### Abstract:

In mathematical epidemiology, the threshold theory introduced by W.O. Kermack and A.G. McKendrick (1927) can be expressed in terms of the basic reproduction number R0. This is defined as the average number of secondary infections that occur when one infective is introduced into a susceptible host population. In this setting and for many diseases, the prediction of the likelihood of persistence or dying out of the disease within the population reads as follows: the disease-free equilibrium is locally asymptotically stable (LAS) when R0 < 1, it is unstable when R0 > 1 and at least one endemic equilibrium (EE) which is LAS is born in this case. In other words, at R0 = 1, a forward bifurcation occurs. However, some diseases undergo the backward bifurcation phenomenon whereby, for R0 < 1, the LAS disease-free equilibrium coexists with a small positive unstable EE and a large positive LAS EE.
In this thesis, we study theoretically, numerically, and computationally the existence of the backward bifurcation phenomenon for dynamical systems, with emphasis on a “simple” SIS model with vaccination and a “complex” malaria model. We re-centre the reduction theorem in C. Castillo-Chavez and B. Song (2004) and highlight its advantage over the legendary power series approximations in the use of the Centre Manifold Theory (CMT). We propose and prove a Centre Manifold-based theorem for the existence of a backward bifurcation for discrete dynamical systems. We construct nonstandard finite difference (NSFD) schemes and prove that they preserve the backward bifurcation property of the continuous models.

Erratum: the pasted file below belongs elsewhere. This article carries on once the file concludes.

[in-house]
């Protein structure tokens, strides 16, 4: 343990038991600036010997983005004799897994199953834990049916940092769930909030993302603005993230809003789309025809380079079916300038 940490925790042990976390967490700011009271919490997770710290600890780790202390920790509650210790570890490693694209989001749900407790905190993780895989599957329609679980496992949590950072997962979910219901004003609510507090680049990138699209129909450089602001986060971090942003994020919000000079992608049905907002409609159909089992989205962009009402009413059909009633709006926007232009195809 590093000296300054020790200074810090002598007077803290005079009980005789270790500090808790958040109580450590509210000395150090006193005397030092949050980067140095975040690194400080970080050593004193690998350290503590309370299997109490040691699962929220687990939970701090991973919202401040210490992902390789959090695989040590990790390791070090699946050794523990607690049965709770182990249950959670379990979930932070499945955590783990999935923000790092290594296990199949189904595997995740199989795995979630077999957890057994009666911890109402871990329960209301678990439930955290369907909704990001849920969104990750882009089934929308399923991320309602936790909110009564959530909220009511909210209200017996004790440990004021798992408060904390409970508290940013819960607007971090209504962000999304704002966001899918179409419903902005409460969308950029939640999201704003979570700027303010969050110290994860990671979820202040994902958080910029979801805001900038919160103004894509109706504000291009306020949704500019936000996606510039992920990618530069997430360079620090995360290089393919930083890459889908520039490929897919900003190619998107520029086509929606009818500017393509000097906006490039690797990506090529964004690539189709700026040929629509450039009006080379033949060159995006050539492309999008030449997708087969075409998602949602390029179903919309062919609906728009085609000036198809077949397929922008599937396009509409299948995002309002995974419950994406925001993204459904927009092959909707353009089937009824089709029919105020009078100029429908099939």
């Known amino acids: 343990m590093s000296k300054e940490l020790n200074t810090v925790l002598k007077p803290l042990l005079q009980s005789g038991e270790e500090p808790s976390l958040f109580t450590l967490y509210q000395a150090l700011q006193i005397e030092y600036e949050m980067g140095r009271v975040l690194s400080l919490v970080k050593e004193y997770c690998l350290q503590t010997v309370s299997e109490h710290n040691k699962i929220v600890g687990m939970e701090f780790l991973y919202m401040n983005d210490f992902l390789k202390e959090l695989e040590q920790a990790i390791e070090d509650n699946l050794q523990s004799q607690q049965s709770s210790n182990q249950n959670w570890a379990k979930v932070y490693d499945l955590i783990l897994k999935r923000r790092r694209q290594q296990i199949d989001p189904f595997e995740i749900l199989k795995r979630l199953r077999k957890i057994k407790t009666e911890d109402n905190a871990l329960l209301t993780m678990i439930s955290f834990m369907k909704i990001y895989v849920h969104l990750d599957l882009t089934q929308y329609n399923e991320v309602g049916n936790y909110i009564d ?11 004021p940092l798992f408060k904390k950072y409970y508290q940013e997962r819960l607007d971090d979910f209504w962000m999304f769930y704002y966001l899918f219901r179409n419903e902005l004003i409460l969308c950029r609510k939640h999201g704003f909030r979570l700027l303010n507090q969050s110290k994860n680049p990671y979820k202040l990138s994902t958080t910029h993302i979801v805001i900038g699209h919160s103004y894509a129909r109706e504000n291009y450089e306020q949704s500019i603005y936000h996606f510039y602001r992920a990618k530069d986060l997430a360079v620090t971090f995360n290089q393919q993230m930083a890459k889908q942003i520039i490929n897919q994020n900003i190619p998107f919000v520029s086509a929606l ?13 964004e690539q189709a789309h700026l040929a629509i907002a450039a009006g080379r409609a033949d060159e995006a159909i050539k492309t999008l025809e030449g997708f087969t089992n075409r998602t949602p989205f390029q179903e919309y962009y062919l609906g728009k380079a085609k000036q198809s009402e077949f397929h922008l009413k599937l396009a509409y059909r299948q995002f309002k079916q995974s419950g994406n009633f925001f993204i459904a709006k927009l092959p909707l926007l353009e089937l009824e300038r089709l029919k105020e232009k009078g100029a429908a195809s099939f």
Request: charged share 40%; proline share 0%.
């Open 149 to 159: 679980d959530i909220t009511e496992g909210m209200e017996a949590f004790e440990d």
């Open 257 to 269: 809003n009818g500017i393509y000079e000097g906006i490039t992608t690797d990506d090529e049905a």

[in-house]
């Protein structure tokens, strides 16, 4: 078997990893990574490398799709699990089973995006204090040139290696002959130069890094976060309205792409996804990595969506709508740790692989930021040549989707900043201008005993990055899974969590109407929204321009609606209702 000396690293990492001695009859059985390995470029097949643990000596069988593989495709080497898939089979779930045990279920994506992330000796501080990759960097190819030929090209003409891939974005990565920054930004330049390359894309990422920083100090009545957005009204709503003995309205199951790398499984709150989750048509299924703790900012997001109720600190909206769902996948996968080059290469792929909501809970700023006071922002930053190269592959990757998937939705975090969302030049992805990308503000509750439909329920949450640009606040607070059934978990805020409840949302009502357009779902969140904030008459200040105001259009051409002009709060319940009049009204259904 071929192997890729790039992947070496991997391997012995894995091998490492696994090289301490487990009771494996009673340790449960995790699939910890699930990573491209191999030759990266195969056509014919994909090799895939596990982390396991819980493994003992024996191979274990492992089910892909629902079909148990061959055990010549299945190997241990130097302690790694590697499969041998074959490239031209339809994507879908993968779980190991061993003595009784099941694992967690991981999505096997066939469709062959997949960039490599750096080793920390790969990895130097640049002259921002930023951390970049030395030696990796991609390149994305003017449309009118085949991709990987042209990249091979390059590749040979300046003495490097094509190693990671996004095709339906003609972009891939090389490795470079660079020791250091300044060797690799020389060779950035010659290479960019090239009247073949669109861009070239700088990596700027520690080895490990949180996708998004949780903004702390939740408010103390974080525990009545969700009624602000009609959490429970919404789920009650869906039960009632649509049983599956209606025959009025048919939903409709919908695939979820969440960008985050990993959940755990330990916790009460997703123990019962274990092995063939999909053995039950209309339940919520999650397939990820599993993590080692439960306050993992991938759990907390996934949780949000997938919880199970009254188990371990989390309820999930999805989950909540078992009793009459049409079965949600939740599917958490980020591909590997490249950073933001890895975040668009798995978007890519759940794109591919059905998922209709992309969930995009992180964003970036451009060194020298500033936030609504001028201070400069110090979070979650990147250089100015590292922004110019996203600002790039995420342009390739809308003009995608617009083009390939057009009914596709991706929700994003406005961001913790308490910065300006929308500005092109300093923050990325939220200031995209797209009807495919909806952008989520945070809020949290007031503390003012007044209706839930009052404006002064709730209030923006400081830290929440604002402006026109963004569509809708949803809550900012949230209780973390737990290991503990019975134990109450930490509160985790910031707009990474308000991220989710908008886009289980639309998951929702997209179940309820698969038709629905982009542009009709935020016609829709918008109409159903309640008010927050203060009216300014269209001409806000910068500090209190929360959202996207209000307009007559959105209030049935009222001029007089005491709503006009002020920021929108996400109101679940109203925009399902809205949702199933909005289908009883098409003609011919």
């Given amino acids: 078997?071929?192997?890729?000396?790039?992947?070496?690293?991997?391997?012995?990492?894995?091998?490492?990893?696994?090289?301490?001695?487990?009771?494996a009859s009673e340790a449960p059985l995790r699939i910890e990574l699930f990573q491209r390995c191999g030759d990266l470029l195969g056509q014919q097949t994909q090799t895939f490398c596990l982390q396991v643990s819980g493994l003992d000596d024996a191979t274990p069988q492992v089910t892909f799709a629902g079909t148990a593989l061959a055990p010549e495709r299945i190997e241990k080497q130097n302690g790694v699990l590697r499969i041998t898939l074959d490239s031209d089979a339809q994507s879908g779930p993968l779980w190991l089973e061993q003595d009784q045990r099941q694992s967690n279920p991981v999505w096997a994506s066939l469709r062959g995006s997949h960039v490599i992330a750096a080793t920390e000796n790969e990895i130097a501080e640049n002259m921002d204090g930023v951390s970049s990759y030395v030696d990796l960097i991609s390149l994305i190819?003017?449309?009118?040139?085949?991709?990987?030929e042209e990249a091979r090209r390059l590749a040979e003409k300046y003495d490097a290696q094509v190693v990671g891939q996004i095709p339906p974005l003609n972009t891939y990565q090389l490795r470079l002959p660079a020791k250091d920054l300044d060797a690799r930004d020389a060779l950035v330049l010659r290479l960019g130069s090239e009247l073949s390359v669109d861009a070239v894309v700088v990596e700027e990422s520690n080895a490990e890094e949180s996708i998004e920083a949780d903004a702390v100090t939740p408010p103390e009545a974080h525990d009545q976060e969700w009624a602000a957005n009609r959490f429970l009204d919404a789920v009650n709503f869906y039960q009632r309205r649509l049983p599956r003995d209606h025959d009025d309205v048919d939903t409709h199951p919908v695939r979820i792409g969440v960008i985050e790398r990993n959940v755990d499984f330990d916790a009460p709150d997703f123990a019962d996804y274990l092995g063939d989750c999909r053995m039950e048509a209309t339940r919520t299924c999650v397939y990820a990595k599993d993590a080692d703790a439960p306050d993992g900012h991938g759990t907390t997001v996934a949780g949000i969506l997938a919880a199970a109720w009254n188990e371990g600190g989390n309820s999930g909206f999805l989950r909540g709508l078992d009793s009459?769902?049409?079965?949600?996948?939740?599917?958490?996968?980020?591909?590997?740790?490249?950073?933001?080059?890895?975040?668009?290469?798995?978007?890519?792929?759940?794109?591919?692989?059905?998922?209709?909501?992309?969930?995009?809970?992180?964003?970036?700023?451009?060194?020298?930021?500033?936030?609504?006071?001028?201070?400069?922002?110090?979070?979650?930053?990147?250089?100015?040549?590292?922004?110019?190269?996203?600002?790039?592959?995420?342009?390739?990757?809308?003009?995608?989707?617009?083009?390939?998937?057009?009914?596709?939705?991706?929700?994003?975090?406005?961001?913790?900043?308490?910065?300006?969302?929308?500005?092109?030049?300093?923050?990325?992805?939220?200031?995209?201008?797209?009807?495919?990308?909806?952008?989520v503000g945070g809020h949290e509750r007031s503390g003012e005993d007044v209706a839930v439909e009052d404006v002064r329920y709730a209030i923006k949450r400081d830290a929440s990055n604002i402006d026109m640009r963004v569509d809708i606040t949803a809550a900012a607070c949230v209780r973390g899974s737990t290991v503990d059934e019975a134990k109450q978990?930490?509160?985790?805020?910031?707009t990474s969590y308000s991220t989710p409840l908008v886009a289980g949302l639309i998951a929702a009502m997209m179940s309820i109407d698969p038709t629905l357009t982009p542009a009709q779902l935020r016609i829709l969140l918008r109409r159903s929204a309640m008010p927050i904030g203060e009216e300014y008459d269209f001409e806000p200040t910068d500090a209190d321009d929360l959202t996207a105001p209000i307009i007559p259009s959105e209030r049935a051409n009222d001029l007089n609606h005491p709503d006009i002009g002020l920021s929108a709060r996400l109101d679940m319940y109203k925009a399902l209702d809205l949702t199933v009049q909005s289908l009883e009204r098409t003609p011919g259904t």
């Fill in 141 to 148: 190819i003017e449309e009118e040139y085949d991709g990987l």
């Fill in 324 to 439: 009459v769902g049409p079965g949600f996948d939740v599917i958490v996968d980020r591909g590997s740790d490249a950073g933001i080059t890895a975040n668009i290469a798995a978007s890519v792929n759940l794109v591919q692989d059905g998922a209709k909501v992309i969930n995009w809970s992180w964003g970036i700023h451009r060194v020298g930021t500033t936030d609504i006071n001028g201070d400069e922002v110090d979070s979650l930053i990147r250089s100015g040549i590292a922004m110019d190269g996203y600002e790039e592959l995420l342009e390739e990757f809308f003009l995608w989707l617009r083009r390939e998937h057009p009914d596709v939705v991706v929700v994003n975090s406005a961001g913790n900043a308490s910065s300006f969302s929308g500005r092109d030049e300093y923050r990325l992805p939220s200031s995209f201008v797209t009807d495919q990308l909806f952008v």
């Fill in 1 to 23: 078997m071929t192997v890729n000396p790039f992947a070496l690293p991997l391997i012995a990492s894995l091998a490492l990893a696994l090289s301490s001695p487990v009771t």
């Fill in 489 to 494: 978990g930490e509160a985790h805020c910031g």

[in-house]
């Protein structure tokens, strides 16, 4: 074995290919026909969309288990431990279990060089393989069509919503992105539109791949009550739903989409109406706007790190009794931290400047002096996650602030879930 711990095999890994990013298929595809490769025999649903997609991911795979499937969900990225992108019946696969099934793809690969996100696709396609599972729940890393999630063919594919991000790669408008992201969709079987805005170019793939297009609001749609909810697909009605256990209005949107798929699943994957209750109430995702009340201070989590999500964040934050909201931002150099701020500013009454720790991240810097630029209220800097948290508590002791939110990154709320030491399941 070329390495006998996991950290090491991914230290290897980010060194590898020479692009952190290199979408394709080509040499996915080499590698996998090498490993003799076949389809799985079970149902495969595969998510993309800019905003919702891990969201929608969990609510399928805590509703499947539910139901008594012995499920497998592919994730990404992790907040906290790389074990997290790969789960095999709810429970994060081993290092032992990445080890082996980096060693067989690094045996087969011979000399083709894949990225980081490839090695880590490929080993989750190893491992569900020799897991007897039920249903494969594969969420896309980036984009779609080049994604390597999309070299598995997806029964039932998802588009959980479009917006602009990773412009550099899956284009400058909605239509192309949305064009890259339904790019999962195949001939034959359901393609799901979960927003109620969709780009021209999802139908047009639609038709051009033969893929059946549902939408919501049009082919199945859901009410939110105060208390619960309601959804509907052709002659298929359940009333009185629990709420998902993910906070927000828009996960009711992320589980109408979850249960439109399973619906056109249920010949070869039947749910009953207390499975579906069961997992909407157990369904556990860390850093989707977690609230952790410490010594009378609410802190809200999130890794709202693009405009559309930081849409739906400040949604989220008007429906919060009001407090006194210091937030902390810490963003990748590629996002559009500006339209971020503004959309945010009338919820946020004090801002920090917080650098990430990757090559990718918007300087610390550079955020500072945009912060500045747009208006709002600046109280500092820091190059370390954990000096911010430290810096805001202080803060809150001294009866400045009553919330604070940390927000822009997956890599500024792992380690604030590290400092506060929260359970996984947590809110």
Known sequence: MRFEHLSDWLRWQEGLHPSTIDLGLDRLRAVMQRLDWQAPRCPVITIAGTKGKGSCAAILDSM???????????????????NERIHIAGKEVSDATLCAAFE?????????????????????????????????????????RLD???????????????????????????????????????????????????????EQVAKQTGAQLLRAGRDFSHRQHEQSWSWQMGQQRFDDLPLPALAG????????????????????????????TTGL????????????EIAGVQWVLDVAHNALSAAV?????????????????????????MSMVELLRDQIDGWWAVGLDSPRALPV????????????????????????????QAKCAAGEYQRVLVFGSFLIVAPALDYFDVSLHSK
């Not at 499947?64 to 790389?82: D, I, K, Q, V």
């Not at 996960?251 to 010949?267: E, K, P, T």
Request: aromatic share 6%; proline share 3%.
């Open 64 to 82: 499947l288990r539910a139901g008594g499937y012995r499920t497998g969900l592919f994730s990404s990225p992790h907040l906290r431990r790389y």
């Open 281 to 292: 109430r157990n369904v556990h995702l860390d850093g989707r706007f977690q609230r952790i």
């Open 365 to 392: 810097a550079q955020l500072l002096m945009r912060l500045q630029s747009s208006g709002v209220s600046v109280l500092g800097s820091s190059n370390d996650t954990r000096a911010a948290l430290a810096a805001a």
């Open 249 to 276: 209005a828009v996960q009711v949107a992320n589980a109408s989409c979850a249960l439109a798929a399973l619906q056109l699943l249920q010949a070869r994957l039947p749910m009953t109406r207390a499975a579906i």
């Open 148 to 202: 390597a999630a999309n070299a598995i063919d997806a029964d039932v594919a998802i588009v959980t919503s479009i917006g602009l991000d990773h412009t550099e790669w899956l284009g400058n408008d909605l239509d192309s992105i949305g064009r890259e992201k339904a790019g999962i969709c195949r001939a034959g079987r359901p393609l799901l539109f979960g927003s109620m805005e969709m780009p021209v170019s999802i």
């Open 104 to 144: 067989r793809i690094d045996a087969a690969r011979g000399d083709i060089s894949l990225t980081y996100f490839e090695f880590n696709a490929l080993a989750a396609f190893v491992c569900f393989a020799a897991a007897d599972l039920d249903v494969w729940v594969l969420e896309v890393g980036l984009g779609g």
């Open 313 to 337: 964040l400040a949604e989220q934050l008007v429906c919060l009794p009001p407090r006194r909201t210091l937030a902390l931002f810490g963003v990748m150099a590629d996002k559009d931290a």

We make the results more specific for the SIS and malaria models for which we also provide numerical simulations that support the theory. In particular we prove for the malaria model a conjecture by Chitnis et al. (2006) for the existence of the backward bifurcation.